Finally, in investing as in insurance, there are always claims. Some periods are worse than others. High base rates combined with small samples can be dangerous. This is why diversification and time horizon remain critical to achieving investment success.

SA Foie Gras

AfrAsia’s latest South Africa Wealth Report found that wealthy South Africans have 83% of their assets invested locally. According to the report, their asset class breakdown between South Africa and the rest of the world is:

Let’s exclude properties, businesses and alternatives, which tend to be illiquid and might correlate with where you live or work. Let’s focus on the 44% made up of local and foreign stocks and fixed income – the liquid, more readily investible assets where investors have greater flexibility. The splits within this category are consistent with traditional asset allocations in terms of both asset allocation and global allocation:

The split between stocks and fixed income might be justifiable. The split between local fixed income and foreign fixed income might also make sense to the extent that local cash is needed to meet short-term liquidity requirements.

Too much invested in local stocks

What doesn’t make any sense is investing twice as much in local stocks as in foreign stocks, when:

  • More than half of your wealth is already tied up in illiquid local assets;
  • You have enough local cash to meet your short-term liquidity needs;
  • The local stock market is <1% of the world.

The purpose of investing in the stock market is to grow wealth and match long-term liabilities like retirement or leaving an inheritance. Surely investors in this position should be aiming to diversify their risk, which is very concentrated in South Africa, and to take advantage of the widest opportunity set possible. This means investing as much of your stock portfolio as possible in the global markets.

This doesn’t necessarily mean excluding the local market (though you probably already have exposure through your retirement annuity/pension). It means that local stocks should have to justify their place in your overall portfolio on more than the fact that they are listed where you live. They should compete on merit with every other stock in the world.


So why do so many South African investors and their advisors still seem to favour local, despite the obvious risks associated with such concentration?

“No one-size-fits-all”

I think it’s time to retire this line. We know that every investor has unique circumstances, and of course everybody doesn’t have the average allocation in the AfrAsia report. But when the averages are so skewed towards local, we can’t keep pretending that this is the perfect end-product of every individual’s unique financial plan. We also can’t keep using this line to avoid debating this important issue.

Isn’t the JSE Internationally Diversified?

“More than half of the JSE’s revenues come from outside of South Africa.” – another line often used to justify local market bias. But those revenues come from a handful of stocks – Naspers alone is more than 20% of the local market, with the top 4 companies making up half the index.

You cannot build a diversified global portfolio with a handful of stocks. There’s simply no benefit to limiting your options like this.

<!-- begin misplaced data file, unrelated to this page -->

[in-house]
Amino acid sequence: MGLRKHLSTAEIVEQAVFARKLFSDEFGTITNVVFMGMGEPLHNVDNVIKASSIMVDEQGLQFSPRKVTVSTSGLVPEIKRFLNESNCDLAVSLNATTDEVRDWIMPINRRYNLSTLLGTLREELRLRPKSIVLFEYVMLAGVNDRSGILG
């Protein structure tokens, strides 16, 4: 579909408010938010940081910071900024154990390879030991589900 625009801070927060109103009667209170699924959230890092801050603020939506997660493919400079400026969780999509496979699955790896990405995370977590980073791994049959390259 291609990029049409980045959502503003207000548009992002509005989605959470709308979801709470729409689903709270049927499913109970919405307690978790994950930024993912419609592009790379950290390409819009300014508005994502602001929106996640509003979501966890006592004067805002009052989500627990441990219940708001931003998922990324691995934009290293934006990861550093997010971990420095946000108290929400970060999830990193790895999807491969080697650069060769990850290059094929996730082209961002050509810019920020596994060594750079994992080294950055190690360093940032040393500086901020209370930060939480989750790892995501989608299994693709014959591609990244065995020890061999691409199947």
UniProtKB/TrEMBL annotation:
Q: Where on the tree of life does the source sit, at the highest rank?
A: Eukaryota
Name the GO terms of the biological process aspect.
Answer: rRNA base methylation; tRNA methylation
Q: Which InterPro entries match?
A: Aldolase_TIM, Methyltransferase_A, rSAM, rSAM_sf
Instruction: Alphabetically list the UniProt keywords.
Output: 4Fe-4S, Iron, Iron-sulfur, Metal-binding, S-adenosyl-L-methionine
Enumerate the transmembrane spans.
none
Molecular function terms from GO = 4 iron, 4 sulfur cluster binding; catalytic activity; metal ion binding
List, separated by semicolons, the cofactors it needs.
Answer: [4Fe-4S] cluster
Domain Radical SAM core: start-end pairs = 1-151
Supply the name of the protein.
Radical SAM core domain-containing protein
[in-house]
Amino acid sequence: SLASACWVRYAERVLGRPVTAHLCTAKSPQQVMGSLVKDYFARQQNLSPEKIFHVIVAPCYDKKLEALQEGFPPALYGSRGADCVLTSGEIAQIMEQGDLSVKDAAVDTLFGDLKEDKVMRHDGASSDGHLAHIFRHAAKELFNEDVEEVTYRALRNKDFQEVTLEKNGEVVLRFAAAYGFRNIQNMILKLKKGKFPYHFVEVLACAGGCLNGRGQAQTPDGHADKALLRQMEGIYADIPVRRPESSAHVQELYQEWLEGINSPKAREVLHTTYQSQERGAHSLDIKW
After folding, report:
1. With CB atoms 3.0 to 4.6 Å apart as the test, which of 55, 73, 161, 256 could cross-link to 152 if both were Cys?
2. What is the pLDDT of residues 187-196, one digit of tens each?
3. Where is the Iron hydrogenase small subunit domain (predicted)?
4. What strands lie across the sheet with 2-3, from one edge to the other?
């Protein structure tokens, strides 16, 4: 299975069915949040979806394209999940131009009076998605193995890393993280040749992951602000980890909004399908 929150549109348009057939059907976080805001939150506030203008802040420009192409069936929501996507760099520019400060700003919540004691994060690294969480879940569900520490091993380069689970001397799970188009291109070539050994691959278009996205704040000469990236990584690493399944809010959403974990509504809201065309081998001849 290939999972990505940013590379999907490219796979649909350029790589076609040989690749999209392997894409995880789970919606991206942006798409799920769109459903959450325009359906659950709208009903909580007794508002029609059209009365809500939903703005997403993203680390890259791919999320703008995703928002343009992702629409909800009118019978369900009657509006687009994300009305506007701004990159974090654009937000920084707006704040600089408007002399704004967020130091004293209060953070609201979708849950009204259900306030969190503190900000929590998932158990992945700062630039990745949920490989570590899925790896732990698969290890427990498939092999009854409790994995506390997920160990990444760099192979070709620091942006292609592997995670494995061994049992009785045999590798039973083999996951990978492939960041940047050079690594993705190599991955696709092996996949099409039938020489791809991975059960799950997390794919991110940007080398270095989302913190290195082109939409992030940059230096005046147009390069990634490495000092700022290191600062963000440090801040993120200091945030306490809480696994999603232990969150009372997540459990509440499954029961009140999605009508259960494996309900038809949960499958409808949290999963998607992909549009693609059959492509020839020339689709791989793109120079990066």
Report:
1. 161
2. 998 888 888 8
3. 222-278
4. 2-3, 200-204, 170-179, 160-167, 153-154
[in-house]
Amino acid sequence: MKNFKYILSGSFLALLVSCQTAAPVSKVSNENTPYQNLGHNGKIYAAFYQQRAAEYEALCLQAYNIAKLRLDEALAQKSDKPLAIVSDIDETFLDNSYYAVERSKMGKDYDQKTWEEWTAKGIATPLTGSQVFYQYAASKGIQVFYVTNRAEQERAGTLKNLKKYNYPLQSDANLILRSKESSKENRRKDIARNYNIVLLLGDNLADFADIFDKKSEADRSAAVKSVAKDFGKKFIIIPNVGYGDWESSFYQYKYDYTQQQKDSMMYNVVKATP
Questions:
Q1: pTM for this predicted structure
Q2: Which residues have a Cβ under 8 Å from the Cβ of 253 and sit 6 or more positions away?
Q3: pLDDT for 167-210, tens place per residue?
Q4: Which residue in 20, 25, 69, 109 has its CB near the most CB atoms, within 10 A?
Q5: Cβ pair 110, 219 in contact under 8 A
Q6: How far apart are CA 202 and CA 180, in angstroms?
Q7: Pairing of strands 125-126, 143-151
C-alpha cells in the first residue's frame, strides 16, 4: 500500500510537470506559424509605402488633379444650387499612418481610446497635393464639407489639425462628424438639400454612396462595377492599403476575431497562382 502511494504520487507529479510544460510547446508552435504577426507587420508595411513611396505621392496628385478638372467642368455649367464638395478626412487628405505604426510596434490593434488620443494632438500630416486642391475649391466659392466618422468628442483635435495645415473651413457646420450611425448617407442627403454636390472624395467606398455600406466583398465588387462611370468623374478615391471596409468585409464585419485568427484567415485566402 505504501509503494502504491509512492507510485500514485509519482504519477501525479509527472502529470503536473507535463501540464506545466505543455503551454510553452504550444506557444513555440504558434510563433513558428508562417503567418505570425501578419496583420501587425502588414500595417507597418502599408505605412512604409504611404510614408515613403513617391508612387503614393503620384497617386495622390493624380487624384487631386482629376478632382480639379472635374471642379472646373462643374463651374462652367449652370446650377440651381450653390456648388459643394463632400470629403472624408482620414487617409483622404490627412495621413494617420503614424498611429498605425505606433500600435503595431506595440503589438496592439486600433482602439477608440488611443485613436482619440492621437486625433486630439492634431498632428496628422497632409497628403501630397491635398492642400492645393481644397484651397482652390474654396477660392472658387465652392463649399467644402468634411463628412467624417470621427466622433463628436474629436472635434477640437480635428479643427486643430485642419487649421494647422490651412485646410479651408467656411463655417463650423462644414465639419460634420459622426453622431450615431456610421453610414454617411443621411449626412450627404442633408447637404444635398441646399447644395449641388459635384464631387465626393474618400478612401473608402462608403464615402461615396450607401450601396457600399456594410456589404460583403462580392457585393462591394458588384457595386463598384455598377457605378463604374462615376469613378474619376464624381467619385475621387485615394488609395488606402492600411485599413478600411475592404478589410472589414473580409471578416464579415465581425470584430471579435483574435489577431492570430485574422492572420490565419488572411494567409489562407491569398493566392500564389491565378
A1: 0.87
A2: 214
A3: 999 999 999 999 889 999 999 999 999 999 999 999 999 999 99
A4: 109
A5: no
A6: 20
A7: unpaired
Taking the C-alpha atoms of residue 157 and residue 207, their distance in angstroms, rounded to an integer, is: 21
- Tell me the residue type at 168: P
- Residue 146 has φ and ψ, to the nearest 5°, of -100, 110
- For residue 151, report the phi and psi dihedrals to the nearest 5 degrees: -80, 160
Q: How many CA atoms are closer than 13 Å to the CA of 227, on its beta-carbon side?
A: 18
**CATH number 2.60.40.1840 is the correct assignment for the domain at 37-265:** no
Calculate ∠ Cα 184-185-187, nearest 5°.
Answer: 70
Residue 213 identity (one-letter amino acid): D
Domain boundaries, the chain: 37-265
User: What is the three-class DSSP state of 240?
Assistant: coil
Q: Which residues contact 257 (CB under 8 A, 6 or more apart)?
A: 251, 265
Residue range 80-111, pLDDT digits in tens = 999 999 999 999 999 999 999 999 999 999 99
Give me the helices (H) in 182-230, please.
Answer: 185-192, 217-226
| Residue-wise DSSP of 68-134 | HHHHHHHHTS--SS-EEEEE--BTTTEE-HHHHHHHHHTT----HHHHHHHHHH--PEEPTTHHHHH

Ask yourself the following question: If these stocks weren’t listed in South Africa, how much of your global portfolio would you invest in them?

Where are your liabilities?

Ideally you want your assets structured in such a way that they match your liabilities. If you’re living in South Africa, it stands to reason that most of your liabilities will be local.

As far as your short-term liabilities are concerned, it makes sense to have sufficient local fixed income exposure to meet these liabilities. The primary goal here is low volatility in Rand terms.

Once you start talking about building wealth and matching your long-term liabilities, you should be less concerned by volatility and you’re probably investing in the stock market.

You might think that adding currency volatility can interfere with your long-term asset-liability matching, or with your dividend flows, but different sources of volatility are often offsetting rather than additive. Stocks are already volatile. Dividends are also volatile in times of crisis. Adding currency volatility doesn’t make them more so, especially since the Rand tends to weaken during times of crisis.

In 2008 the JSE Top 40 index lost 26%. The MSCI World index lost 21% in ZAR. The following year JSE Top 40 dividends fell by 37%, while MSCI World dividends fell by 24% in ZAR terms. Currency volatility in the stock market is a bit of a red herring. If anything, it reduces overall portfolio and dividend stream volatility.

A globally diversified portfolio of your best investment ideas chosen from the widest possible opportunity set is far more likely to meet your long-term goals than a locally concentrated portfolio. The risks are also lower.

Strong Rand keeping you up at night?

Every debate about local vs offshore seems to devolve into a discussion about whether South Africa or offshore will do better. Apparently South Africans worry that South Africa might do well – that Rand strength might somehow make us poorer. They are worried about the possibility that 99% of the world might underperform 1% of the world, despite the fact that they already have 83% invested here. This is insane.

First, this argument ignores the fact that there are many more cheap assets outside of South Africa than inside. Simple Bayesian inference.

Second, it’s not about which will do better, it’s about risk management and where your exposure is. When you are 83% invested in one small country where you happen to live, return expectations become secondary to risk management.

If Turkey, an economy twice the size of South Africa’s, was your best investment idea in the world, would you invest two-thirds of your stock portfolio there, on top of your property and your business?

We need to stop mis-framing this issue as a return issue when it is in fact a risk issue. We can’t keep dangling far-from-certain return potential as a carrot to force-feed local investors something they already have too much of. As advisors and asset managers, is our job to sell SA, or to represent our clients’ best interests?